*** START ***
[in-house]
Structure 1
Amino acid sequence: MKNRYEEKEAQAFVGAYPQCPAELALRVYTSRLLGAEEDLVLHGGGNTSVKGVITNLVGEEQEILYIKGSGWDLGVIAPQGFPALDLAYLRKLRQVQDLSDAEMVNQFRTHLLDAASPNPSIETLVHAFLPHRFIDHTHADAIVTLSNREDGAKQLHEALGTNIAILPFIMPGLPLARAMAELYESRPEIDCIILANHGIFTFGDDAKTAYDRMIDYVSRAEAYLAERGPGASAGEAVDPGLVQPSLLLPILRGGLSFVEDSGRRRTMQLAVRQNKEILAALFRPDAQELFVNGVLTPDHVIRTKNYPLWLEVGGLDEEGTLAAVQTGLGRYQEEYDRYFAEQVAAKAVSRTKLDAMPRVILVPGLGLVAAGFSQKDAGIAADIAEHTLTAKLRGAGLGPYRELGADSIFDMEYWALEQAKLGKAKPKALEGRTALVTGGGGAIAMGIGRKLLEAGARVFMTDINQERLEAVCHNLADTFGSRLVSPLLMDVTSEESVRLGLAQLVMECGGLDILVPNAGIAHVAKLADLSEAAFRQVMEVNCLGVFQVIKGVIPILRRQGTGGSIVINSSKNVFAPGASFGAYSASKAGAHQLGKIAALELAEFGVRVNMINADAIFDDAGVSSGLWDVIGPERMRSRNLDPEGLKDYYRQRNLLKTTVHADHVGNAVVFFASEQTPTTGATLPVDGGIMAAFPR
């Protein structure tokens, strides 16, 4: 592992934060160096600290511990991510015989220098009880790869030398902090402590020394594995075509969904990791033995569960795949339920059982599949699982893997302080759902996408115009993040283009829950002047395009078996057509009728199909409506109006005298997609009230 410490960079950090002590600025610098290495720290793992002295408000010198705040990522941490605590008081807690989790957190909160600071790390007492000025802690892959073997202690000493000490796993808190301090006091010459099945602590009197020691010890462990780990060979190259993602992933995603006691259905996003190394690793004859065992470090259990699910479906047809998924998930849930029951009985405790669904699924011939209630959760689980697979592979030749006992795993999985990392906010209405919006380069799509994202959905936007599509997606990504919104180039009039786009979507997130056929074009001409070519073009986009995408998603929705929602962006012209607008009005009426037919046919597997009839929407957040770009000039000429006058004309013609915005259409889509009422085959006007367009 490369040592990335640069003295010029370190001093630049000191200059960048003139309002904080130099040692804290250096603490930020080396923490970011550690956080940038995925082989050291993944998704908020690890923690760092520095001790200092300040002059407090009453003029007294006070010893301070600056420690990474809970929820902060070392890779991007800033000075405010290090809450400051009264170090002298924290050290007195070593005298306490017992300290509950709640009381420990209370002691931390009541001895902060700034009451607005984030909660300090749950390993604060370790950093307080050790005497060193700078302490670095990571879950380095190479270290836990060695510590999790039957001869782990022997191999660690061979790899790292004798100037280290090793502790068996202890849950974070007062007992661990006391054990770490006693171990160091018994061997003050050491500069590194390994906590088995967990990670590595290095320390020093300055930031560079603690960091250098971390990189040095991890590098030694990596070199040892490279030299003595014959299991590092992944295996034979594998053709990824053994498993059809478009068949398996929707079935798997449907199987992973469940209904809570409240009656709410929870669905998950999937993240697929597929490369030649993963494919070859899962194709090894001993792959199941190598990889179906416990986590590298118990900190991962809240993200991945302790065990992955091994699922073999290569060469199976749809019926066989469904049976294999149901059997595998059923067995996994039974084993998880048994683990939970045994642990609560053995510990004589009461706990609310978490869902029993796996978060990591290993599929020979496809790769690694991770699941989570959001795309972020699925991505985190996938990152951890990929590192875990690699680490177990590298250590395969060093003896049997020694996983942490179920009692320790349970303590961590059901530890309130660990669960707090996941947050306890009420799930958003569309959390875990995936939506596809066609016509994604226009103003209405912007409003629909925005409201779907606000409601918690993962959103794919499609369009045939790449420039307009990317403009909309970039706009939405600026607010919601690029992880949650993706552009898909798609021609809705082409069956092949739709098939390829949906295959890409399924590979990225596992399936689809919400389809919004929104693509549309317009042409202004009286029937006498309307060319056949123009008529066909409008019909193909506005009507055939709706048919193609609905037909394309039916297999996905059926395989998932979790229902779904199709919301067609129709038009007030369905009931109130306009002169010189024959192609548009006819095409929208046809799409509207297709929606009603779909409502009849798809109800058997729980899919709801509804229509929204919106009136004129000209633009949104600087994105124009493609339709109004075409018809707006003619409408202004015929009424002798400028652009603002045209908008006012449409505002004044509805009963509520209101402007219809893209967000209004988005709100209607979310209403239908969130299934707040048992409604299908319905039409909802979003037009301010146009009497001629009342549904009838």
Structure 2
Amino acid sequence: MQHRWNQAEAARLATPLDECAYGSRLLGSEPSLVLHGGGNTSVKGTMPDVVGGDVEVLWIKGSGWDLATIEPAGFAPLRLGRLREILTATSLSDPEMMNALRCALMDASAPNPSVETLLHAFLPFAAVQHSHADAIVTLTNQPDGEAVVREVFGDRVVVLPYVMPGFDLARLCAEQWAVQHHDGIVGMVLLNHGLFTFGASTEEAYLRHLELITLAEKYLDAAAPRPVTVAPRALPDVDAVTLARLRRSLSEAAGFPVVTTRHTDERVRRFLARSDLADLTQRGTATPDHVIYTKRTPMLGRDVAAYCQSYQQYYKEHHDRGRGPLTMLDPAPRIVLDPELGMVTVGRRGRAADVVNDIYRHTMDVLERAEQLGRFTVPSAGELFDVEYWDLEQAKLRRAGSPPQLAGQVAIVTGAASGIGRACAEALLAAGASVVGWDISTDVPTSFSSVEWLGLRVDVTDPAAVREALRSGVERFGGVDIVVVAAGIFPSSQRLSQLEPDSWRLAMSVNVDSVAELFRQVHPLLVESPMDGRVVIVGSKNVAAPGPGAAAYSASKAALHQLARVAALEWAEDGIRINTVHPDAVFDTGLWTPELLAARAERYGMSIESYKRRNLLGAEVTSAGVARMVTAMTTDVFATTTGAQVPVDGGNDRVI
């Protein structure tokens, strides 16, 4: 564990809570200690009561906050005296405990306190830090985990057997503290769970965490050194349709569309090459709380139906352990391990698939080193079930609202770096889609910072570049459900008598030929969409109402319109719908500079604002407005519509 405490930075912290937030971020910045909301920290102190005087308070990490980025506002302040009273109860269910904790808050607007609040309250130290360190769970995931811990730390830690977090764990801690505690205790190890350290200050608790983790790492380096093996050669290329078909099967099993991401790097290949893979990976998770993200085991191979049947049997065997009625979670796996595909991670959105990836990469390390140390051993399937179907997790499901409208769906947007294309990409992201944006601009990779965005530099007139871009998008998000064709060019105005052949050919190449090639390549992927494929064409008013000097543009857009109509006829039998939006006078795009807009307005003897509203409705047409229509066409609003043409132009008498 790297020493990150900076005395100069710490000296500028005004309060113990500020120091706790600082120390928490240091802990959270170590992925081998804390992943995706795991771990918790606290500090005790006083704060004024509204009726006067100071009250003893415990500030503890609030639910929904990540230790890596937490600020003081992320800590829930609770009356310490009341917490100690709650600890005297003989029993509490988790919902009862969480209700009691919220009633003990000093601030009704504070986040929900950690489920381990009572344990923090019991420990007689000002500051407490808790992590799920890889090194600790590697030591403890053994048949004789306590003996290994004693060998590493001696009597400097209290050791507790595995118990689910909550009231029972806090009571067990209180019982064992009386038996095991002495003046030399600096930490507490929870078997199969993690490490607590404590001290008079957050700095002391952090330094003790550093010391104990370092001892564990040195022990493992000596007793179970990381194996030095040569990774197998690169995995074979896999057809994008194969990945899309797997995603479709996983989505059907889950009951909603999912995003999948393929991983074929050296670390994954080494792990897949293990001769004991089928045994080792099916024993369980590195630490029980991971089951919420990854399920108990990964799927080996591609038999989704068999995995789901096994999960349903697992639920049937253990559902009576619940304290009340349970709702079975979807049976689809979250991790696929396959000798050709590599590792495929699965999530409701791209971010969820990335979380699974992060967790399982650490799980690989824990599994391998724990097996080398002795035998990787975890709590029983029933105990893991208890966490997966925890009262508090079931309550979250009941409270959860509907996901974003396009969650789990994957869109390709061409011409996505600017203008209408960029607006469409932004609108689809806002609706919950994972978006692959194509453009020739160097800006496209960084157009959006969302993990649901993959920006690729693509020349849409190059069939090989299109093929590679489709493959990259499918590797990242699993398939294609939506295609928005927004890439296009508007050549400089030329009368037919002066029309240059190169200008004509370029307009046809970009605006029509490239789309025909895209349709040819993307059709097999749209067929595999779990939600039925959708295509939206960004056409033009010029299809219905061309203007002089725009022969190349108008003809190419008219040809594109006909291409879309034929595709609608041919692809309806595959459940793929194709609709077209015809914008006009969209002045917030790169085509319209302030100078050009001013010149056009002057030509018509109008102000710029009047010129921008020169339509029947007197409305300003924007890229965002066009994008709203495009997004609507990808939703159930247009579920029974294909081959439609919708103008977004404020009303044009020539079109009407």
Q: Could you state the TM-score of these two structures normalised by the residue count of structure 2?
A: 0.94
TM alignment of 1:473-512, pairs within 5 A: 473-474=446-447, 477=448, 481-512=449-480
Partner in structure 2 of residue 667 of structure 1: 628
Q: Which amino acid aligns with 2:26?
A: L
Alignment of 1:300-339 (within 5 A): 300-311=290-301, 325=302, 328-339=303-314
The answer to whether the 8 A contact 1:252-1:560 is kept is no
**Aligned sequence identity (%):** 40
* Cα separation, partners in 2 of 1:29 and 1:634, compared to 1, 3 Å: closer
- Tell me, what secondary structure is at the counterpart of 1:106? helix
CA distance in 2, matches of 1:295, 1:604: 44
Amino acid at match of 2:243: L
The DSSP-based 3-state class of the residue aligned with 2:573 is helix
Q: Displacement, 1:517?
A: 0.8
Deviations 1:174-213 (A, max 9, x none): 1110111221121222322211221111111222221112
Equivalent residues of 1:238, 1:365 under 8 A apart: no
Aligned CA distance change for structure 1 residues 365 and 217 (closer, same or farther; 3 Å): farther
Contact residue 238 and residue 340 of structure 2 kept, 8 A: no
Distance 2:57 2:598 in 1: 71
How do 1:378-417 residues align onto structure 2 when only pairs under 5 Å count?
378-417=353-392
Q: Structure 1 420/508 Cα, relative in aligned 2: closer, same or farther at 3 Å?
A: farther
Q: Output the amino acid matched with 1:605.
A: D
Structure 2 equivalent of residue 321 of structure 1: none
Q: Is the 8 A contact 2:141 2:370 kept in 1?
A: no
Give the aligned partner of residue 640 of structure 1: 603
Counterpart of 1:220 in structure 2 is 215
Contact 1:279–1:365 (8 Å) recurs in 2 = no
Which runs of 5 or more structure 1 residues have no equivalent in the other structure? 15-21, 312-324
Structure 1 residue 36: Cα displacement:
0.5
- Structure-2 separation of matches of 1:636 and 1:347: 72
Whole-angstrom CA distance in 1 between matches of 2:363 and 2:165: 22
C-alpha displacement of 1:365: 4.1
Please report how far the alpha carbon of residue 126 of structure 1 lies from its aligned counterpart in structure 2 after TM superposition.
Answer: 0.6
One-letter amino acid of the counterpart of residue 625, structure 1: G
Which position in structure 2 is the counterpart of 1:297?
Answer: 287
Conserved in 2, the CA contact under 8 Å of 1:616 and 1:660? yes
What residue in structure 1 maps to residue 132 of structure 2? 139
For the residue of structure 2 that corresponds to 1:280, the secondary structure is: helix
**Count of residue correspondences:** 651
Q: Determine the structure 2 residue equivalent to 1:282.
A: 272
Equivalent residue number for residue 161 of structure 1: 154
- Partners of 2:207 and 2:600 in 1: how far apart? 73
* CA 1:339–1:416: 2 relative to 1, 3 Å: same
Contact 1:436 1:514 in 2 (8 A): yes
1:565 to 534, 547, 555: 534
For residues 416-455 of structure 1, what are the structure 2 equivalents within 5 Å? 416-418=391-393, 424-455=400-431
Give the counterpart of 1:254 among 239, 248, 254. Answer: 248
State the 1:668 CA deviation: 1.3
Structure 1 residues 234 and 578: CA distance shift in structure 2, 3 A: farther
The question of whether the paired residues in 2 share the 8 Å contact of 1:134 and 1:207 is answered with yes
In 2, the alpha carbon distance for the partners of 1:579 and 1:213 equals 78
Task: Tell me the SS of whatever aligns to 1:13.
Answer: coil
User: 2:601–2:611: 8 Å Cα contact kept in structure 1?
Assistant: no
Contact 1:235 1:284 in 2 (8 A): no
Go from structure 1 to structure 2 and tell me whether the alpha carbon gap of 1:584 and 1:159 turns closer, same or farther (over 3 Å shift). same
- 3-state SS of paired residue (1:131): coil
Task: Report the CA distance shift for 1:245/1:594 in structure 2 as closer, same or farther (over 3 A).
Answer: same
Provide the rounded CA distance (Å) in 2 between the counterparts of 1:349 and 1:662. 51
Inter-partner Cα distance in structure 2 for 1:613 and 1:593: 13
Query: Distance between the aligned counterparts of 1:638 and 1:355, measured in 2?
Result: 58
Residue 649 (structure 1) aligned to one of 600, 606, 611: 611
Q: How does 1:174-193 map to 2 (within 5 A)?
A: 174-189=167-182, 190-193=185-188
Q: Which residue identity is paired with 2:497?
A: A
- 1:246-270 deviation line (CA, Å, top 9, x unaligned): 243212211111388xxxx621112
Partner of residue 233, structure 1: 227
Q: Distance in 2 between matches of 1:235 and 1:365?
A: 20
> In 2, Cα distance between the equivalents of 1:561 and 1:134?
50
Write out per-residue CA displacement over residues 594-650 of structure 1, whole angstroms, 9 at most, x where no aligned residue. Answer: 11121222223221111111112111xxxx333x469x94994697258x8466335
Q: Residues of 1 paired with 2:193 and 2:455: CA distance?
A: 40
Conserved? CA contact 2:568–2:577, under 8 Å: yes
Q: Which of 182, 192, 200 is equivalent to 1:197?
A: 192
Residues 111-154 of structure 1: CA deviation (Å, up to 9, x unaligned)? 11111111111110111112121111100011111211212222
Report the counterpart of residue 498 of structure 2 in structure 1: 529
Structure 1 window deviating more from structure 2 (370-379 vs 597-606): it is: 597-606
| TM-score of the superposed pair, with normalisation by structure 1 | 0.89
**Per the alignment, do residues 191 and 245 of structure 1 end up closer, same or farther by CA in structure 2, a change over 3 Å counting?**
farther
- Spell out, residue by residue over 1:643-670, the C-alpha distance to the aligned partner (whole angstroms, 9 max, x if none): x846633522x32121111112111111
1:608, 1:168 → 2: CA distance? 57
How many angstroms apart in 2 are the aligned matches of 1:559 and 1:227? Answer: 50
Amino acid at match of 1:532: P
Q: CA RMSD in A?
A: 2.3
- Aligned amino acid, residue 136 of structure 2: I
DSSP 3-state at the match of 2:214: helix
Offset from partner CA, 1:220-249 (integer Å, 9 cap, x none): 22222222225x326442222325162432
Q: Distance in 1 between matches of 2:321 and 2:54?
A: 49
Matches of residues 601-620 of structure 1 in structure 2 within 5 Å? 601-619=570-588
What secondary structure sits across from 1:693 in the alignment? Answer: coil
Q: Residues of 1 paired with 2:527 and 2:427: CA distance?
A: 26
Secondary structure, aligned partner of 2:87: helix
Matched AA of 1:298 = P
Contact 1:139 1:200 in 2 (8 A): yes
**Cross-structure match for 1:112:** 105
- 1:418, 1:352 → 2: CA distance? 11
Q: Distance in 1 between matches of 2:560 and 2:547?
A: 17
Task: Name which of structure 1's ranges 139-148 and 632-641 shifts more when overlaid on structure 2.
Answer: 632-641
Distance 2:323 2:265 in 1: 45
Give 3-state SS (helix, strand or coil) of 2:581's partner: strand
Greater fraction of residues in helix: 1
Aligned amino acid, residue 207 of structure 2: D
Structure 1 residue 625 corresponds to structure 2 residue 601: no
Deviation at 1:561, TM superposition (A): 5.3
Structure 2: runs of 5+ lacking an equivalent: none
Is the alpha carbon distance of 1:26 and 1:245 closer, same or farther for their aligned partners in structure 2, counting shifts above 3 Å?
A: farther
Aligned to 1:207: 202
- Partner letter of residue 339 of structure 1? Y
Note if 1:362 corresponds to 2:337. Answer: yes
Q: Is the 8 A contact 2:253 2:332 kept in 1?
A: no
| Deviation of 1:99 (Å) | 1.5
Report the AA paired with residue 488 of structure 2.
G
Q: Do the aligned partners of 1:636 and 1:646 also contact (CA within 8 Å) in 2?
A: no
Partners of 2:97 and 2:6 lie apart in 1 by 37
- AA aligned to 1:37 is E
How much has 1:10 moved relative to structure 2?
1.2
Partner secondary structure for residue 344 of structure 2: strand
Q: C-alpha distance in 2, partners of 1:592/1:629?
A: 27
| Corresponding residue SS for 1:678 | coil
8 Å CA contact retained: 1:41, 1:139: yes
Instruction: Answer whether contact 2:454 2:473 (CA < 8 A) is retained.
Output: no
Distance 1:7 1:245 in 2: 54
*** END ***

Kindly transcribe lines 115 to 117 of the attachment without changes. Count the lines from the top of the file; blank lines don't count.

A: 49
Matches of residues 601-620 of structure 1 in structure 2 within 5 Å? 601-619=570-588
What secondary structure sits across from 1:693 in the alignment? Answer: coil